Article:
CLINICAL CARE PATHWAY AND MANAGEMENT OF MAJOR BLEEDING ASSOCIATED WITH NON-VITAMIN K ANTAGONIST ORAL ANTICOAGULANTS: A MODIFIED DELPHI CONSENSUS FROM SAUDI ARABIA AND UAE

Main Article Content

Abdulrahman Al Raizah
Fakhr Alayoubi
Galal Hassan Abdelnaby
Hazzaa Alzahrani
Majid Farraj Bakheet
Mohammed A Alskaini
Rasha Buhumaid
Sameer Al Awadhi
Sara Nooruddin Kazim
Thiagarajan Jaiganesh
Zohair Al Asiri https://orcid.org/0000-0001-9869-7544

Keywords

Cost effective, Non-vitamin K antagonist oral anticoagulants, Consensus

Abstract

Background: The non-vitamin K antagonist oral anticoagulants (NOACs) have become the mainstay anticoagulation therapy for patients requiring oral anticoagulants (OACs) in the Gulf Council Cooperation (GCC) countries. The frequency of NOAC-associated major bleeding is expected to increase in the Emergency Department (ED). Nonetheless, we still lack local guidelines and recommendations for bleeding management in the region. The present Delphi-based consensus aims to establish a standardized and evidence-based clinical care pathway for managing NOAC-associated major bleeding in the Kingdom of Saudi Arabia (KSA) and the United Arab Emirates (UAE).


Methods: We adopted a three-step modified Delphi method to develop evidence-based recommendations through two voting rounds and an advisory meeting between the two rounds. A panel of 11 experts from the KSA and UAE participated in the consensus development.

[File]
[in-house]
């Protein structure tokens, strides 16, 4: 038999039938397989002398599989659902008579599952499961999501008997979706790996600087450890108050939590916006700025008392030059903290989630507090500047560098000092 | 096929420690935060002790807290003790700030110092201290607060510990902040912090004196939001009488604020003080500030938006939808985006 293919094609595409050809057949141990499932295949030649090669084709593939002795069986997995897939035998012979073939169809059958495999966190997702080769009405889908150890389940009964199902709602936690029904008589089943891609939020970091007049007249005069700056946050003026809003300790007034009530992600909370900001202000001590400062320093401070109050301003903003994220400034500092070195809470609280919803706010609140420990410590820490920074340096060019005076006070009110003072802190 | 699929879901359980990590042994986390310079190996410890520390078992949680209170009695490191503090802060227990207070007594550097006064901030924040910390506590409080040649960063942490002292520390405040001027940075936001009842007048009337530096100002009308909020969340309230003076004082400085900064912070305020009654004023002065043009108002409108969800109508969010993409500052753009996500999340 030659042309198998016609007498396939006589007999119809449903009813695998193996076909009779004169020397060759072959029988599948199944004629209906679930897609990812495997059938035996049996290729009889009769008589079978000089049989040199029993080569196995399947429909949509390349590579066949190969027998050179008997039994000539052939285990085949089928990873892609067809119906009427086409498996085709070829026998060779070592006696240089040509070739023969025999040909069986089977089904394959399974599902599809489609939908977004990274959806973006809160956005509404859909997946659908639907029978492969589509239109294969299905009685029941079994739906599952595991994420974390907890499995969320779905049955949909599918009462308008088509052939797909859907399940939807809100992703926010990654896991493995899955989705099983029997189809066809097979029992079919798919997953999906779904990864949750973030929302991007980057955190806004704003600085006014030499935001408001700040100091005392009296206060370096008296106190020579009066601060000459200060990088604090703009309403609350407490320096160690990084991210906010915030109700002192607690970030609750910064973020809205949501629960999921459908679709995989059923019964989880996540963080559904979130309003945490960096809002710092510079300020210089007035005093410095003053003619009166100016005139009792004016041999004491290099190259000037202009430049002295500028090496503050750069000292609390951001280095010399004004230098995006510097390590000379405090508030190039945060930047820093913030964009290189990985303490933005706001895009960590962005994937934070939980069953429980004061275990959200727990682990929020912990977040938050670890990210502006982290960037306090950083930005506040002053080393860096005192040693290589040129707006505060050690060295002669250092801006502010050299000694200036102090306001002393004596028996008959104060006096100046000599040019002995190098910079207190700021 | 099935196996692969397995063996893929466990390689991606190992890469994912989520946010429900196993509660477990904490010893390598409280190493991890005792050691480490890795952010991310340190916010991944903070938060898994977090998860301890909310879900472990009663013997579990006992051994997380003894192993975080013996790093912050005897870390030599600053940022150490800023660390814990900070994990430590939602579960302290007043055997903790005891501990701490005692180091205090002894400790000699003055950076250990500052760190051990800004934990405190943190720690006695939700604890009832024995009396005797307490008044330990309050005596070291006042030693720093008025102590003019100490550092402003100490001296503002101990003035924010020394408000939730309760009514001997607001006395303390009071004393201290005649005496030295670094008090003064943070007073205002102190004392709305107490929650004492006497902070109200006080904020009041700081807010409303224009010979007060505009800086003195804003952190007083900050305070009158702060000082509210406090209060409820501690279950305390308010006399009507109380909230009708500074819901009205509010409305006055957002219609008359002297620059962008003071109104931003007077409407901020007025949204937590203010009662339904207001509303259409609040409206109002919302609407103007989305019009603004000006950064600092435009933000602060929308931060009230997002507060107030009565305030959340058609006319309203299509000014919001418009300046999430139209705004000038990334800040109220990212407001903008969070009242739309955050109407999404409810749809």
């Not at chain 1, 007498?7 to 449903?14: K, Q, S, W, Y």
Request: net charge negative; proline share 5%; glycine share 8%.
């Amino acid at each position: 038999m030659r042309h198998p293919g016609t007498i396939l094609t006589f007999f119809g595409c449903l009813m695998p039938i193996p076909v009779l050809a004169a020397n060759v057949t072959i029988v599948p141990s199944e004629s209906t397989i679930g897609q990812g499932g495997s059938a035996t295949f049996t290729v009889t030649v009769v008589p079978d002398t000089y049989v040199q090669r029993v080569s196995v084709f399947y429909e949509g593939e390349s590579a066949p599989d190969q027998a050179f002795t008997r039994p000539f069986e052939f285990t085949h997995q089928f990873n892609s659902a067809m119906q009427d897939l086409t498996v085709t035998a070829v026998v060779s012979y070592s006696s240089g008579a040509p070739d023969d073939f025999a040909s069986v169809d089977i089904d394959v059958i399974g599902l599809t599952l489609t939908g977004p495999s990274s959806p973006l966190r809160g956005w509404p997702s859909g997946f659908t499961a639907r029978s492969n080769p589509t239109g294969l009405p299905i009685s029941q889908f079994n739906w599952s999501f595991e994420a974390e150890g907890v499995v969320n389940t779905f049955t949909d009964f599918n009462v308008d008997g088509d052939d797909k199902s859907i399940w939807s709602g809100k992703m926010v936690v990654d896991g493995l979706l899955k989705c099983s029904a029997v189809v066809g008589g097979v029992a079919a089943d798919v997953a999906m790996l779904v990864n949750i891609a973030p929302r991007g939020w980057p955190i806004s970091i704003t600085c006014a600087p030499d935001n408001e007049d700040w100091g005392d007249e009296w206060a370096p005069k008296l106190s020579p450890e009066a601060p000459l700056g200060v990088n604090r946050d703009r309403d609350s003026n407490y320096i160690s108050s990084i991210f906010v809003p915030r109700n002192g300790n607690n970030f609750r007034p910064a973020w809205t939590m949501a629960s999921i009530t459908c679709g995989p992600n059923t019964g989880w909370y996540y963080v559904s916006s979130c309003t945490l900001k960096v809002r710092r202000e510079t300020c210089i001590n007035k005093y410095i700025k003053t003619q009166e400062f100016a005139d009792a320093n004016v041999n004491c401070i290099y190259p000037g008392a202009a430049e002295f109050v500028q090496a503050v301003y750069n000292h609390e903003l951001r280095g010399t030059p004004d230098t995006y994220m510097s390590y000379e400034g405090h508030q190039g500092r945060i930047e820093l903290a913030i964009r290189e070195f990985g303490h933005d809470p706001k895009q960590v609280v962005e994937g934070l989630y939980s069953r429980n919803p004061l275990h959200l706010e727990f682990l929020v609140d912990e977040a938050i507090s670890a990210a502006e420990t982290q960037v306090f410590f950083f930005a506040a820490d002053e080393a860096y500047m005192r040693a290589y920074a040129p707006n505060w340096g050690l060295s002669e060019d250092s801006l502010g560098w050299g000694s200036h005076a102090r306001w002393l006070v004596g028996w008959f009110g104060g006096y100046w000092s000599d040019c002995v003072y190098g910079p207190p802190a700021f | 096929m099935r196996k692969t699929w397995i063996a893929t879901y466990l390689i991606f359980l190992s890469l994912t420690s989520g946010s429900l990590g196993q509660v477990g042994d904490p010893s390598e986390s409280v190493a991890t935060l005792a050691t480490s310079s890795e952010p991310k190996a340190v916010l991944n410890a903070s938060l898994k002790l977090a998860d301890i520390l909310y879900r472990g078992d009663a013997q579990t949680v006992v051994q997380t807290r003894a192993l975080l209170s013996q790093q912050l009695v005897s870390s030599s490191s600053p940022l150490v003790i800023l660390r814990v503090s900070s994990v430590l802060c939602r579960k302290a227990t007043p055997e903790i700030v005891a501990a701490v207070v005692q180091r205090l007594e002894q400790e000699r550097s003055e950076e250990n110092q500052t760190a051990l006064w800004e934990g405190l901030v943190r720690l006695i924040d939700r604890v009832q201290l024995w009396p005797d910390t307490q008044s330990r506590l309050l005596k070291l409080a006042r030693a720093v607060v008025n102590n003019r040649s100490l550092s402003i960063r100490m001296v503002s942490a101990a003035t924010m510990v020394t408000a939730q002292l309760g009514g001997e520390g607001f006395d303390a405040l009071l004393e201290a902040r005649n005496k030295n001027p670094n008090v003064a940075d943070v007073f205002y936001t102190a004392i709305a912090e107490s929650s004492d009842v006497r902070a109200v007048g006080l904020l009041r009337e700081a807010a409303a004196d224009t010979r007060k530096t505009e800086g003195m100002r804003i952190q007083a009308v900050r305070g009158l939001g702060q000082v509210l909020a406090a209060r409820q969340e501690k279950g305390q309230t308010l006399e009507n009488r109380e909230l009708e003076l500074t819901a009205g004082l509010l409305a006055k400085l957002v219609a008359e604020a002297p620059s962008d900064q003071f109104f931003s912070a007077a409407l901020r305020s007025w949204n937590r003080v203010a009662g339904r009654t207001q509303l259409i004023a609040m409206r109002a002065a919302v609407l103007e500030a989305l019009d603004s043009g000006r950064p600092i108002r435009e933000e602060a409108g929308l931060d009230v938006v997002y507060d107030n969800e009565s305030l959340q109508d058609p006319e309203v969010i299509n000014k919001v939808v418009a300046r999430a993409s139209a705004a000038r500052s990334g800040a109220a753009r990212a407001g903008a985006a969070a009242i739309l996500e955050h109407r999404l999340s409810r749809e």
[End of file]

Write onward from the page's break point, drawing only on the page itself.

Results: Twenty-eight statements reached the consensus level. These statements addressed key aspects of managing major bleeding events associated with NOACs, including the increased use of NOAC in clinical practice, clinical care pathways, and treatment options.


Conclusion: The present Delphi consensus provides evidence-based recommendations and protocols for the management of NOAC-associated bleeding in the region. Patients with major NOAC-induced bleeding should be referred to a well-equipped ED with standardized management protocols. A multidisciplinary approach is recommended for establishing the association between NOAC use and major bleeding. Treating physicians should have prompt access to specific reversal agents to optimize patient outcomes. Real-world evidence and national guidelines are needed to aid all stakeholders involved in NOAC-induced bleeding management.

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